Shambhala security praised

Shambhala Music Festival organizers are pleased with how this year’s event ran from its security arm.

Shambhala Music Festival organizers are pleased with how this year’s event ran from its security arm.

Ensuring the safety of its 10,000 paid attendees is a priority and Shambhala executive producer Corrine Zawaduk was happy to hear police noticed a change in how people were leaving the site.

“Three years ago the RCMP approached us to see what we could do to address it and make it better,” Zawaduk said of the concern police had about people leaving and getting in accidents because of being tired. “So we extended our hours by 24 hours and encouraged people to get a good night’s sleep before they go on the road. So often you don’t even realize how fatigued you are, you haven’t been driving for six days and you get on the highway and it hits you.”

Though statistics are hard to pin down, police estimate the education is getting through.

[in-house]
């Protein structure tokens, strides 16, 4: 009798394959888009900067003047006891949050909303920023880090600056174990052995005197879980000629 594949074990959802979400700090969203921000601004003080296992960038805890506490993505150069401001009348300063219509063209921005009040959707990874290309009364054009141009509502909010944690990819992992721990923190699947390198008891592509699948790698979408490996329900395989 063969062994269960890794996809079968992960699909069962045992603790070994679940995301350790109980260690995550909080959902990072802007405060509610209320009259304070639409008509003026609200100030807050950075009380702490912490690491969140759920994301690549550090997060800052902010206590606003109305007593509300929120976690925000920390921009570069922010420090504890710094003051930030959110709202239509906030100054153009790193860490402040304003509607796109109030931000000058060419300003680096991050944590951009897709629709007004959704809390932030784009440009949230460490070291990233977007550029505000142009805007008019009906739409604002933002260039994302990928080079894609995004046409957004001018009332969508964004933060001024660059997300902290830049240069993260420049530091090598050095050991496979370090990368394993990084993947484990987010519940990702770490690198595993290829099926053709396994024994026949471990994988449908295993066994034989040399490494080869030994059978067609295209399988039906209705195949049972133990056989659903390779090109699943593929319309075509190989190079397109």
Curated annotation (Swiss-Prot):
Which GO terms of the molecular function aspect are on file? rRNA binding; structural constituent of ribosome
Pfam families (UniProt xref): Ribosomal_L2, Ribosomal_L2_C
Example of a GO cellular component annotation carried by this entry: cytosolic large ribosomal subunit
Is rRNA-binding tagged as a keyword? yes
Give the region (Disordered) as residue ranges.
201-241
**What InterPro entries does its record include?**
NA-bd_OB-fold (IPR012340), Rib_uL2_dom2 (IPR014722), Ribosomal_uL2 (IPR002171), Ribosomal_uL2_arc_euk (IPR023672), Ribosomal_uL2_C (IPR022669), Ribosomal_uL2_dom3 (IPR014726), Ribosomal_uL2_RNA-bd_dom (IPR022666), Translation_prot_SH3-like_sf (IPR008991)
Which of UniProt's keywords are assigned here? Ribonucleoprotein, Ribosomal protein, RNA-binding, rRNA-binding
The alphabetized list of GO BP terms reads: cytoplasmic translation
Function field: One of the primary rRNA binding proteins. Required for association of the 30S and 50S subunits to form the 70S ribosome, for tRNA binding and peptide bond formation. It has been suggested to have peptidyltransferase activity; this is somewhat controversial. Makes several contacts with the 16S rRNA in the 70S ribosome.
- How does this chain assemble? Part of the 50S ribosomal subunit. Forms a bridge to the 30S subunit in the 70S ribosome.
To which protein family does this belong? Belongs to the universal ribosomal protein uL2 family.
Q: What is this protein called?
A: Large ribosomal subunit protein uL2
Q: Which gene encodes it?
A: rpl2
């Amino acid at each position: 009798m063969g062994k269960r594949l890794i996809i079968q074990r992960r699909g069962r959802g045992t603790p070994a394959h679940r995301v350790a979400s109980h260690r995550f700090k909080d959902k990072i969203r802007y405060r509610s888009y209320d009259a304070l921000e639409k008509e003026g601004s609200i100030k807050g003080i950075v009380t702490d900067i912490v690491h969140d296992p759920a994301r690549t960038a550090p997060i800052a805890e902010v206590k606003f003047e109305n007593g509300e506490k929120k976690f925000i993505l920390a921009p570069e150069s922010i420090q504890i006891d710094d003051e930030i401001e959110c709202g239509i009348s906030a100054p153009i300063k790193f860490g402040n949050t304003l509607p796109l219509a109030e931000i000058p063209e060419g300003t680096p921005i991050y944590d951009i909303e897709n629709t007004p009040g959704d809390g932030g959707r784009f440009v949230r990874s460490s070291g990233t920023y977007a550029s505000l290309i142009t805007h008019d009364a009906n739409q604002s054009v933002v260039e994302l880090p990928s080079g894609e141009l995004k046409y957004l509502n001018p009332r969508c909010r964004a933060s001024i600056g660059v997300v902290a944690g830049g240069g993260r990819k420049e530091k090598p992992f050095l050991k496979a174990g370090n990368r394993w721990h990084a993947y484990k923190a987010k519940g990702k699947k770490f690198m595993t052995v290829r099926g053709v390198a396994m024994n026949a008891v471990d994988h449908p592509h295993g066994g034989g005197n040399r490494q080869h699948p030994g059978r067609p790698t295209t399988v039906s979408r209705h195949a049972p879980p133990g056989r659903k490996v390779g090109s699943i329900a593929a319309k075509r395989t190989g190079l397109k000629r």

“It’s excellent that it’s actually working,” said Zawaduk. “We try a lot of things, sometimes they work and sometimes they don’t.”

Shambhala employs 80 paid security personnel who have the ability to search and seize illegal substances. In cases of a more serious nature, police are called to come on site and deal with the individuals causing problems.

“As soon as we see something that is going wrong on the grounds, we call 911,” said Zawaduk.

Nelson Police Department chief Wayne Holland arrived to his post last year and has taken tours of the festival for the past two events. The veteran officer said the team that runs the festival are doing a solid job of keeping order.

“They hire very competent personnel,” said Holland. “The visits I have taken out there, I have been pretty impressed with their thoroughness.”

Zawaduk said they are constantly trying to improve on security. This year they had issues with underage teens — you have to be 19 to attend — sneaking into the site. That will be one of the areas they discuss for improvement in 2013.

“We’re proud of what we do,” said Zawaduk, who travels to other festivals during the year with her team in search of best practices. “We are always trying to take it to the next level of cooperation.”

 

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